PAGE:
Posts Tagged ‘Memories’

NEUROGENESIS: WISDOM; Memories: Resentment

August 16, 2014

The old thinking about the brain was that neurons were given at birth, and then progressively died. A researcher named Altman found otherwise in 1962: he showed that adult human brains created new neurons. Few believed him, even fewer found that interesting. However, by 1995, incontrovertible evidence of new neurons was found in at least two regions of the brain.

And if one blocked neurogenesis, one blocked learning.

The first memory organ of taxicab drivers learning a lot of streets, the hippocampus, got visibly enlarged.

A rat hippocampus creates at least 10,000 new neurons a day. Yes, a vulgar rat.

New Neurons In White: Forge, Forget, Forgive

New Neurons In White: Forge, Forget, Forgive

Yet, the mind is not just about adding neurons. For those keen to remember their past, fresh neurons are the worst things. Newly formed neurons in the hippocampus — an area of the brain involved in switching from short term memory to the longer sort — dislodge previously learned data, a May 2014 Science article shows.

That’s counter-intuitive at first. Naively, one would expect new neurons to mean a better brain, thus better memory. On second examination, though, if neurons are the brains, new neurons mean new brain, not the old brain, with its old memories.

Many studies have shown that boosting neural proliferation before learning enhances memory in mice.

More neurons increase the capacity to learn new memories. However, memory is based on circuits, synapses, and maybe pre-existing “grandmother neurons” (whatever that exactly means: it could be a tight group of cells). If one adds new elements, it makes sense that they have nothing to do with pre-existing neuronal geometries.

Quite the opposite: creating new neurons could clear old memories… Therapeutically.

In the 2014, Science study, newborn and adult mice were trained to fear an environment that brought electric shocks. The mice learned the task quickly. Infant mice remembered the horror for only one day, adult mice retained the fear for weeks.

This difference correlates with neurogenesis. Memory persistence in newborn mice was enhanced genetically and by chemically suppressing neurogenesis after learning. In adult mice, four to six weeks of regular exercise — an activity known to promote neurogenesis — reduced the previous fear.

Massive neurogenesis in young animals explains why youngsters do not remember their early life. And, as luck has it, an animal model exists.

Guinea pigs and Chilean rodents called Degus have longer gestation periods than mice, and thus reduced brain growth after birth. Baby Degus and guinea pigs do not have infantile amnesia. Yet, heavy exercise and drugs promoting neurogenesis brings it on.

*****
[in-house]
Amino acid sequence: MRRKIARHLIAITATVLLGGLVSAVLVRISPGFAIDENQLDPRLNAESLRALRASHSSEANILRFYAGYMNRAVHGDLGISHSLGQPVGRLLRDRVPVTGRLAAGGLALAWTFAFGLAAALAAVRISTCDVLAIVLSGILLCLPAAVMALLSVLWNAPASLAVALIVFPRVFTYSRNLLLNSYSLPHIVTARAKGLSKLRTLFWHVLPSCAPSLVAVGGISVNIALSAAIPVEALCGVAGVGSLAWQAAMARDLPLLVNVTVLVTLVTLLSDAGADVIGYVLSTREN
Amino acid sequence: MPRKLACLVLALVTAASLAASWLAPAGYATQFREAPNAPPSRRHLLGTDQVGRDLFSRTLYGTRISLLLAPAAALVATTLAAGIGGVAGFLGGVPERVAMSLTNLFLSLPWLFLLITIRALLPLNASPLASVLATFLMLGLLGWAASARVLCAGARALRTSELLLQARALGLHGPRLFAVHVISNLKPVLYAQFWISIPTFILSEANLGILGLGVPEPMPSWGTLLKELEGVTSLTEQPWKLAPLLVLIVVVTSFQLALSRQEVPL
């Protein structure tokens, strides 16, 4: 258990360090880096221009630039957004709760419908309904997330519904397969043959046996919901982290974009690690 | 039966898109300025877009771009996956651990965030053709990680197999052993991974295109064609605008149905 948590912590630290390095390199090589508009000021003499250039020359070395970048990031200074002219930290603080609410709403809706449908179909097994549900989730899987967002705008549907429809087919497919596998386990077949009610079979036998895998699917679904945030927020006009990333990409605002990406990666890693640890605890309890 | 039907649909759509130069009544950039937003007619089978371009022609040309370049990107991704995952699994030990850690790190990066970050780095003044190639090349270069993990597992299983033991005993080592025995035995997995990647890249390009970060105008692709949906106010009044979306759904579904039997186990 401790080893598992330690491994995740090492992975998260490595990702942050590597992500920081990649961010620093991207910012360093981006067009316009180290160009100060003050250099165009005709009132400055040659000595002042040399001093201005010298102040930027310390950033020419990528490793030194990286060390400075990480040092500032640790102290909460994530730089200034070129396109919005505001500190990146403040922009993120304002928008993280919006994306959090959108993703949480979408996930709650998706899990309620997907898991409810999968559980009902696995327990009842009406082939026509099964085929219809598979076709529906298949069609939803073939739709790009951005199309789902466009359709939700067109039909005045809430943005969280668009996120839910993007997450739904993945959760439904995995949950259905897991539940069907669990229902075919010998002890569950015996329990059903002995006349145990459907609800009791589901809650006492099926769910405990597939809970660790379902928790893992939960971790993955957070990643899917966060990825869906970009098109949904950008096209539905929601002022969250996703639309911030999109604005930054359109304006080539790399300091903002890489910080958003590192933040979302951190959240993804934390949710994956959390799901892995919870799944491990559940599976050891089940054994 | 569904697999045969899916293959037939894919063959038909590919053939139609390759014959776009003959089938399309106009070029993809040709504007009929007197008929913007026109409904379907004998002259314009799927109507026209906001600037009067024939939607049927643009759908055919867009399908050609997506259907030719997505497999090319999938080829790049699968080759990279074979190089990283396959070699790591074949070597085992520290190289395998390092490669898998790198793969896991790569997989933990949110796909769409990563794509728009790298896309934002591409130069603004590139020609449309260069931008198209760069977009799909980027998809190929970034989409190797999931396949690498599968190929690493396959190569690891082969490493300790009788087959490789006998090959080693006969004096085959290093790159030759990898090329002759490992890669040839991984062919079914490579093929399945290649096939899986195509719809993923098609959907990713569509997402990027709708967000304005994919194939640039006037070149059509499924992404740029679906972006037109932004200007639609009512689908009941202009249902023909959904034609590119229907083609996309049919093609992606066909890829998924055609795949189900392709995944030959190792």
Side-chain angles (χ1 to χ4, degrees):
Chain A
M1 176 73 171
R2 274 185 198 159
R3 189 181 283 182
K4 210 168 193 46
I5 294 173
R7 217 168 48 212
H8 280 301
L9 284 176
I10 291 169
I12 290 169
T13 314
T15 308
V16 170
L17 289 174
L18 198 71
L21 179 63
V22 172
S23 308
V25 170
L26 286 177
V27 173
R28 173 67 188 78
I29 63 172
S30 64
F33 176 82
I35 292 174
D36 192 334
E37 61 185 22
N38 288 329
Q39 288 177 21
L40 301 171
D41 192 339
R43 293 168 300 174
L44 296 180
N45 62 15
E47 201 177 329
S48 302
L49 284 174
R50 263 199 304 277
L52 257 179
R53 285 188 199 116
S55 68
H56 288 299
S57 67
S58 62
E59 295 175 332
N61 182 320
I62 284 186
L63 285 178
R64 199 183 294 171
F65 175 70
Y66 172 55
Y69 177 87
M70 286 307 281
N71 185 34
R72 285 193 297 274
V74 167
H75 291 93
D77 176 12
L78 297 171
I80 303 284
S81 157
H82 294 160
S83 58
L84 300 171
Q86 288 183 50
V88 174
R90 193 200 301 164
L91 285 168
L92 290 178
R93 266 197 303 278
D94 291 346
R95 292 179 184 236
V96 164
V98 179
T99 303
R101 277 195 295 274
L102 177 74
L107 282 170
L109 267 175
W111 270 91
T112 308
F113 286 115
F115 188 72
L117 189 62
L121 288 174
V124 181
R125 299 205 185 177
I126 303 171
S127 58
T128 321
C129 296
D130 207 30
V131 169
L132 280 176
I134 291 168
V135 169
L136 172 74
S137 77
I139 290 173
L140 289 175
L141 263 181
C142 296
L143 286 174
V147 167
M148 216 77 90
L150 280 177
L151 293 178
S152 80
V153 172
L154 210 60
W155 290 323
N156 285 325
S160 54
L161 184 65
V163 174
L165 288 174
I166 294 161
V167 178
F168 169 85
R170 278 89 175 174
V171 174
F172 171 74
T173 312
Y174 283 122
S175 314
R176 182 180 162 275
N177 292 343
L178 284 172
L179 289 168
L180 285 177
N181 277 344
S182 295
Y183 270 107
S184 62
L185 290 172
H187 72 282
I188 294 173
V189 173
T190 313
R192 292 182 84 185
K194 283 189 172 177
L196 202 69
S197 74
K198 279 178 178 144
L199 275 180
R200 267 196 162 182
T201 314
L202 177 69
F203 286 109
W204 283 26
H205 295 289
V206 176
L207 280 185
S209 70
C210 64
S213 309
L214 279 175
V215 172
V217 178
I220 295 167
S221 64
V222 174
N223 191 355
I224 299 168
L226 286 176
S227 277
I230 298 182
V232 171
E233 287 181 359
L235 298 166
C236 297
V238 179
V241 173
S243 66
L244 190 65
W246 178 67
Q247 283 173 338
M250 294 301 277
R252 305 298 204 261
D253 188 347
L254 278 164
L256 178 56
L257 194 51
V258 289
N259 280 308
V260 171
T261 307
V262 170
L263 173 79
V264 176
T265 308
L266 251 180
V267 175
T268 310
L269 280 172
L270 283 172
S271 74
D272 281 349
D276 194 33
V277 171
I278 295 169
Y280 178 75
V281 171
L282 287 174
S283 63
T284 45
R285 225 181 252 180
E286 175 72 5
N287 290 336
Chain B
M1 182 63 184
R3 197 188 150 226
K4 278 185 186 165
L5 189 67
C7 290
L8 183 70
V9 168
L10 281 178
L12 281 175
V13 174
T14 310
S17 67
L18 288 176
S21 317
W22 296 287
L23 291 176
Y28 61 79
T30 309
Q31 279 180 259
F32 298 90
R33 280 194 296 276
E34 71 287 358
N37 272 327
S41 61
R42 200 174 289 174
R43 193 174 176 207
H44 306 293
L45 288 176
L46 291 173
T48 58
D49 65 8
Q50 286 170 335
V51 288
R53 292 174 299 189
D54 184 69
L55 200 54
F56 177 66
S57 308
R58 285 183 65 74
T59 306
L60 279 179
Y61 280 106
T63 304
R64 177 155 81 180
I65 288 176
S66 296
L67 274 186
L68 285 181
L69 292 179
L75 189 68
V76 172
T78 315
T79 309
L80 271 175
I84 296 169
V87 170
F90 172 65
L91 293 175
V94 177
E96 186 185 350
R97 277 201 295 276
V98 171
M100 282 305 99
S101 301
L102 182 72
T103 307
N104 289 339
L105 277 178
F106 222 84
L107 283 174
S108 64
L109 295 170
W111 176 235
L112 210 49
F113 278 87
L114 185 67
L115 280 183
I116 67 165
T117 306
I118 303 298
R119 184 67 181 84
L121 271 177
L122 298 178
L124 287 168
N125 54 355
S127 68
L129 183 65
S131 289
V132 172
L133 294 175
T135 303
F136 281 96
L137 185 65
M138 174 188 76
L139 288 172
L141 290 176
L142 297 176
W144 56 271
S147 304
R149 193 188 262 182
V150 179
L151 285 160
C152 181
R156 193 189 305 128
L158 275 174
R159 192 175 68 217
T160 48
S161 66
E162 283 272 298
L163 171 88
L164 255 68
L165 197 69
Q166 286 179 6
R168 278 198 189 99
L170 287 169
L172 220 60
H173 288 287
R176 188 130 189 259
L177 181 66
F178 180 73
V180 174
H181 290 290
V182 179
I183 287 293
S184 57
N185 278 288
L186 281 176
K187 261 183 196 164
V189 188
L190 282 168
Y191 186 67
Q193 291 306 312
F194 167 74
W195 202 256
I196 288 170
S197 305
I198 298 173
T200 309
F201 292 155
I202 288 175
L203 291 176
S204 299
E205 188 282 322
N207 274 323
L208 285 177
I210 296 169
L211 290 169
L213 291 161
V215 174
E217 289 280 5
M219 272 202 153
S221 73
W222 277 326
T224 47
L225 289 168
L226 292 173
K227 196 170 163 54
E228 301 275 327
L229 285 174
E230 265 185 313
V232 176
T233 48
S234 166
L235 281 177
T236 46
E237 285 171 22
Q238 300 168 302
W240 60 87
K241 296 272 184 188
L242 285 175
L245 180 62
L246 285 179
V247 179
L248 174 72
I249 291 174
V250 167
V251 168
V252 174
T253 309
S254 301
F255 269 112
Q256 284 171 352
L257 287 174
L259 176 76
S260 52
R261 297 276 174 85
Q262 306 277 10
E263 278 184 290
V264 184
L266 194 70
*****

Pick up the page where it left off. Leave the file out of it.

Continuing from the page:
Just as neurogenesis tends to deny the past, it denies visiting again the feelings one had then. That’s resentment. French for feeling again: re-sentiment (with a second “s” added to make a snake sound).

Nietzsche used the word “ressentiment”, because German has not word for “resentment”.

That semantic gap is, per se, reason enough to suspect that Germans walloped in it: if one avoids a notion like the plague, it is an indication that one indulges in it. Luther is full of resentment against the Jews, and Hitler against the French, and then, the Jews.

For the philosopher Kierkegaard, ressentiment occurs in a “reflective, passionless age“, stifling creativity and passion in passionate individuals. Individuals who do not conform to the masses are made into scapegoats and objects of spite by the masses, to maintain the status quo ante and to imbue the masses with their sense of superiority.

According to Nietzsche, the more a person is strong-willed, and dynamic, the less place and time they have for contemplating what’s done to them. The reaction of a strong-willed person (a “wild beast“), when it happens, is short: it is not a prolonged filling, and take-over of their entire intellect by an obsession.

It’s impressive to realize how the most recent neurological findings (above) relate to those philosophers’ insights.

The super intelligent person is always in full neurogenesis, in her haste to model the world with more faithfulness. That makes her unable to hold a grudge: she has better thing to think about.

This opens a new way out of the eternal wheel of conflict, and various vicious circles: react as wild beast to attack, but then smother what led to it under the new mindset of neurogenesis.

Instead of rejecting the world as painful, and hoping for a better one as Christians, Muslims and Buddhists do, think the world again, and the old problematic will fade away.

The same may apply to entire societies, nations, or religions, or civilization. If any of these favor ressentiment, it will have to spurn neurogenesis, or its societal equivalent. Just as individuals will.

Hence a vicious circle: the more resentment, the less imagination, and intelligence, and thus the more madness in crowds as in individuals.

Let’s notice, moreover, that denial and bad faith (a la Sartre, De Beauvoir) are very close to resentment.

So what would the moral conclusion of the preceding be? Generating new ideas, just as generating new neurons, is how to break out from the past’s vicious circles. Higher intelligence is also a better morality.

Patrice Ayme’